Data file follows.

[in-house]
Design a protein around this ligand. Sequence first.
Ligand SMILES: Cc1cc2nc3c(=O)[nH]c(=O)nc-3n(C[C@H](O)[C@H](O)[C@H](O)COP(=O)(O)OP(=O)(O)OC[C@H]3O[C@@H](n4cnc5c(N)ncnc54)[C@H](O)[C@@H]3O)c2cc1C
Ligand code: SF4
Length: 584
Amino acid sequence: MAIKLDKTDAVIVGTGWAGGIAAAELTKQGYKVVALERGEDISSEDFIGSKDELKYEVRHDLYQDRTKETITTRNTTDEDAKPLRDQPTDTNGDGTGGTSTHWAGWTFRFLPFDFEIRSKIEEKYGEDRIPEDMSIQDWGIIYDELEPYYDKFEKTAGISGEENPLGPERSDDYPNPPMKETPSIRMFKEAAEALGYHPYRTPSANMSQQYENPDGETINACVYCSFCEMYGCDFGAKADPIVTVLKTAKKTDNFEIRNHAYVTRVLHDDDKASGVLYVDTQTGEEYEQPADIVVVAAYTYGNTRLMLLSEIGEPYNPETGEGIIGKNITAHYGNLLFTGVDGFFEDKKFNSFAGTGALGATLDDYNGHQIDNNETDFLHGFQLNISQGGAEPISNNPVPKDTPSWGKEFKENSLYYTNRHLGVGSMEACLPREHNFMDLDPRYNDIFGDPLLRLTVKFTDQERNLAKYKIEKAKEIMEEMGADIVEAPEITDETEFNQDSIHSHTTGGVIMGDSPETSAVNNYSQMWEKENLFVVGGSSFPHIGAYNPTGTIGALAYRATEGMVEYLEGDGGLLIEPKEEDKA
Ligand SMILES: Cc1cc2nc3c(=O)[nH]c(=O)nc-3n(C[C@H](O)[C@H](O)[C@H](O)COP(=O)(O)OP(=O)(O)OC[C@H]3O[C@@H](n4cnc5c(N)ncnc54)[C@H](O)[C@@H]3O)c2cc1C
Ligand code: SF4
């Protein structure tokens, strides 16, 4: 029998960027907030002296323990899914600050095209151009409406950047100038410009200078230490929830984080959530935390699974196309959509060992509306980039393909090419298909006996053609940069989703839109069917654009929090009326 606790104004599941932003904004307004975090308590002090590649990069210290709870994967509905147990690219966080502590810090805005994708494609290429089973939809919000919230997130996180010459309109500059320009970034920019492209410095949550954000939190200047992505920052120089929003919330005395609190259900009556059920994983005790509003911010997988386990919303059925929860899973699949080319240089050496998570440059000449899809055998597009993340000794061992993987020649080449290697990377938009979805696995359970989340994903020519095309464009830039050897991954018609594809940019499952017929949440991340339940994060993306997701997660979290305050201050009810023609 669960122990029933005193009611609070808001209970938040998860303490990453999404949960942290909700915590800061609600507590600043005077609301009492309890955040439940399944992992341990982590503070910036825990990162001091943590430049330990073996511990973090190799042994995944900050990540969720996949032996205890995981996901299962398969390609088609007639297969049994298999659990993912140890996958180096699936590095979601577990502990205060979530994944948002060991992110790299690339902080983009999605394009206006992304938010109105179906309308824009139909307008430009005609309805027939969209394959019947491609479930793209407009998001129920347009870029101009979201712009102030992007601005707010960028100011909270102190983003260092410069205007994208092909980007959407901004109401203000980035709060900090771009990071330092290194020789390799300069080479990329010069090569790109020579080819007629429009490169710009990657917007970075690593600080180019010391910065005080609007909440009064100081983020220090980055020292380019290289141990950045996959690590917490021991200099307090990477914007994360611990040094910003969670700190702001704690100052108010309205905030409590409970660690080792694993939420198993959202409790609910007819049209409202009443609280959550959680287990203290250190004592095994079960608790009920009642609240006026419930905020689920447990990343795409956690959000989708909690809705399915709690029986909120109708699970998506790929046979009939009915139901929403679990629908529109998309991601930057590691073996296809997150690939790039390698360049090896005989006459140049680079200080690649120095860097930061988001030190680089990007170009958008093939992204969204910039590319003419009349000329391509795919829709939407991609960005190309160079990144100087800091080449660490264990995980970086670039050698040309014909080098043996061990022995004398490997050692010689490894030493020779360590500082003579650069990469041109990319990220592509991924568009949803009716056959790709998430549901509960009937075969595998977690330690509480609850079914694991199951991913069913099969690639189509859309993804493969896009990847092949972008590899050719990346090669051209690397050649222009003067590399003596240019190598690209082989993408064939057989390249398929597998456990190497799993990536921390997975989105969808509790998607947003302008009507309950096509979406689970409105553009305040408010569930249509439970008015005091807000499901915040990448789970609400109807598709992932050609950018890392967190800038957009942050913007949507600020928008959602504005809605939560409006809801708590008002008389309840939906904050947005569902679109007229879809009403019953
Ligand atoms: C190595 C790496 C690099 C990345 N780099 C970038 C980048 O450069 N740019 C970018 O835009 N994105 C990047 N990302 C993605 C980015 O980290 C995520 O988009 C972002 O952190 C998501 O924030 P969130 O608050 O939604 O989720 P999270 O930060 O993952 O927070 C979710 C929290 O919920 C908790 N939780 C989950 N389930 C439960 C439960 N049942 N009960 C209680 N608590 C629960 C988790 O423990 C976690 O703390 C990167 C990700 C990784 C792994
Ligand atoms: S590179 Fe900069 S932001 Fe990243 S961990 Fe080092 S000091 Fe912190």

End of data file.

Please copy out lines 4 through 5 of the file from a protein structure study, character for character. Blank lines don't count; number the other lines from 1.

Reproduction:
Ligand code: SF4
Length: 584